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Role of Astrocytes in Glutamate Homeostasis

Implications for Excitotoxicity
  • Arne Schousboe
  • Ursula Sonnewald
  • Gianluca Civenni
  • Georgi Gegelashvili
Part of the Advances in Experimental Medicine and Biology book series (AEMB, volume 429)

Abstract

Glutamate which is one of the most abundant amino acids in the central nervous system (CNS) plays two prominent roles in brain function as an important metabolite coupling tricarboxylic acid (TCA) cycle and amino acid metabolism and as the major excitatory neurotransmitter (see Schousboe and Frandsen, 1995). The latter function is fine tuned by homeostatic mechanisms which during pathological conditions such as energy failure may be easily impaired leading to overexposure of glutamate receptors and subsequent neuronal damage, a phenomenon termed excitotoxicity (Lucas and Newhouse, 1957; Olney et al., 1971; Lipton and Rosenberg, 1994; Schousboe and Frandsen, 1995). The mechanisms responsible for the maintenance of extracellular glutamate concentrations within a very narrow physiological range involve control of its release and uptake as well as its intracellular metabolism. The present review shall deal with these aspects with the main emphasis on glutamate uptake and metabolism. It has been generally accepted for a number of years that astrocytes play a very important role in these processes (see, Schousboe, 1981) and therefore emphasis will be placed on a discussion of the role of astrocytes in glutamate homeostasis.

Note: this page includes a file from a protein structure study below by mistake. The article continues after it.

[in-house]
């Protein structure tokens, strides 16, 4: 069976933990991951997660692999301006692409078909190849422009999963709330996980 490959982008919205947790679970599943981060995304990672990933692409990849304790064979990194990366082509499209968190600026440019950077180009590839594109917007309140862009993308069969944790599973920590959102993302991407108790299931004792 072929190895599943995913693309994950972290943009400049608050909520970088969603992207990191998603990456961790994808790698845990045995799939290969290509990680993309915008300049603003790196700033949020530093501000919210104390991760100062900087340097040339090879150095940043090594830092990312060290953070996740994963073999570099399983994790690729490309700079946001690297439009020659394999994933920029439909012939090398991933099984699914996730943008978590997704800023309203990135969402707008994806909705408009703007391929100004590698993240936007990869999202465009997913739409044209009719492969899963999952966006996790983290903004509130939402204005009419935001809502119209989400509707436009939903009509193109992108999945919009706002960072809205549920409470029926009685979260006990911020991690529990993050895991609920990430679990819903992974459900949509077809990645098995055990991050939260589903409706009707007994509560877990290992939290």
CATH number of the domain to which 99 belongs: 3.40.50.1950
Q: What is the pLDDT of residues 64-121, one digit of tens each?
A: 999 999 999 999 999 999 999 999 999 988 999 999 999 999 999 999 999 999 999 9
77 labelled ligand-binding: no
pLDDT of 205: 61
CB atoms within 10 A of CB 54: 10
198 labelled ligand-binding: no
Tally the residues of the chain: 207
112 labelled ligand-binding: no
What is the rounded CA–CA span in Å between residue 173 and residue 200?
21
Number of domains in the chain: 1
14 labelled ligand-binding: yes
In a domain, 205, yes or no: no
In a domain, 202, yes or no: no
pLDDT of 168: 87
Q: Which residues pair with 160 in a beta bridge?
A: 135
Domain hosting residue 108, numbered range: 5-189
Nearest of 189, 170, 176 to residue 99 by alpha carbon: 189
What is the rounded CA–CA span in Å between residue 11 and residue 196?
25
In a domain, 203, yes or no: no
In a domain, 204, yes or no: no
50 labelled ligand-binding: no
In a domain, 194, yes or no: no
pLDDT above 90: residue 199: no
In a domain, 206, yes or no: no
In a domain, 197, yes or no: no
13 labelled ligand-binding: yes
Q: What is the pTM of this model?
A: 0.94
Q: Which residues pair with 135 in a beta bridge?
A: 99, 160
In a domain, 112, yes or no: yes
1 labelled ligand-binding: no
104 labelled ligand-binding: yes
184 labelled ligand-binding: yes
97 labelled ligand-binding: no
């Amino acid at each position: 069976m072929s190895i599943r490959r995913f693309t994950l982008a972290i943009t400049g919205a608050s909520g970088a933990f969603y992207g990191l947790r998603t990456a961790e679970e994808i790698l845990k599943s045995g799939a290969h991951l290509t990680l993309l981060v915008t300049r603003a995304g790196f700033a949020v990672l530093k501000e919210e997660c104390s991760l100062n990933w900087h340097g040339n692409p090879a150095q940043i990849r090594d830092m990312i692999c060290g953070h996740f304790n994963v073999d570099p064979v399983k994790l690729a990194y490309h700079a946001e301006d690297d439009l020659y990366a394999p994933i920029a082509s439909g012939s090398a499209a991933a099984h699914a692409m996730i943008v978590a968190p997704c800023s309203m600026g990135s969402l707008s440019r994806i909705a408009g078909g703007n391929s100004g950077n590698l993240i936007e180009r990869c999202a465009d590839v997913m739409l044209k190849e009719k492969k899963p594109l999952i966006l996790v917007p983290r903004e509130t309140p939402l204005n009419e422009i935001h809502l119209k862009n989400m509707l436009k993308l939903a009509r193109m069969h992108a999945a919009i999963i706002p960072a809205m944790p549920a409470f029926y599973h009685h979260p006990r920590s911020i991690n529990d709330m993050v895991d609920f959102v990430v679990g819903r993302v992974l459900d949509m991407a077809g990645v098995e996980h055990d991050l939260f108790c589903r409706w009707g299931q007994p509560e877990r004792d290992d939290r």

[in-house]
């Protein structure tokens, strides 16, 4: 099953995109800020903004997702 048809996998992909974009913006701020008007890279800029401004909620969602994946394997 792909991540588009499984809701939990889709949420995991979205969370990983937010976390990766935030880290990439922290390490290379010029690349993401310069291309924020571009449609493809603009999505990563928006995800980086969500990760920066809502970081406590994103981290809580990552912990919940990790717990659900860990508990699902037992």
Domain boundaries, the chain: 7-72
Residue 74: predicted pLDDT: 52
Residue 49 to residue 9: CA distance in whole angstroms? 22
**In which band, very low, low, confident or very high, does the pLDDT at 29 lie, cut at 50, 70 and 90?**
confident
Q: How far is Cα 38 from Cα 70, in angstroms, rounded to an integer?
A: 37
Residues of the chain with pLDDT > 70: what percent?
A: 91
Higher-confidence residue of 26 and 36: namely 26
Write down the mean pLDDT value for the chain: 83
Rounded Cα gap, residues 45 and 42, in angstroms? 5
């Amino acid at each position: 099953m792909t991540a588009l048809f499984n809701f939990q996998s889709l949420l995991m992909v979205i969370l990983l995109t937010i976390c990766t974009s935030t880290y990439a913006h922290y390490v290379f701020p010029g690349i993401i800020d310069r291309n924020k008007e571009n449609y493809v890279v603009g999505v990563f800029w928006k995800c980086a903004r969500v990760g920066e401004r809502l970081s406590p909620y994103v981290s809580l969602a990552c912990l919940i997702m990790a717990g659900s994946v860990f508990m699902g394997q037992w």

Keywords

Amyotrophic Lateral Sclerosis Excitatory Amino Acid Glutamate Transporter Cerebellar Granule Cell Glutamate Uptake 
These keywords were added by machine and not by the authors. This process is experimental and the keywords may be updated as the learning algorithm improves.

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Copyright information

© Springer Science+Business Media New York 1997

Authors and Affiliations

  • Arne Schousboe
    • 1
  • Ursula Sonnewald
    • 2
  • Gianluca Civenni
    • 3
  • Georgi Gegelashvili
    • 1
  1. 1.PharmaBiotec Res. Center Department of Biological SciencesRoyal Danish School of PharmacyCopenhagenDenmark
  2. 2.MR-CenterSINTEF UNIMEDTrondheimNorway
  3. 3.Institute of Biochemistry and Molecular BiologyUniversity of BernBernSwitzerland

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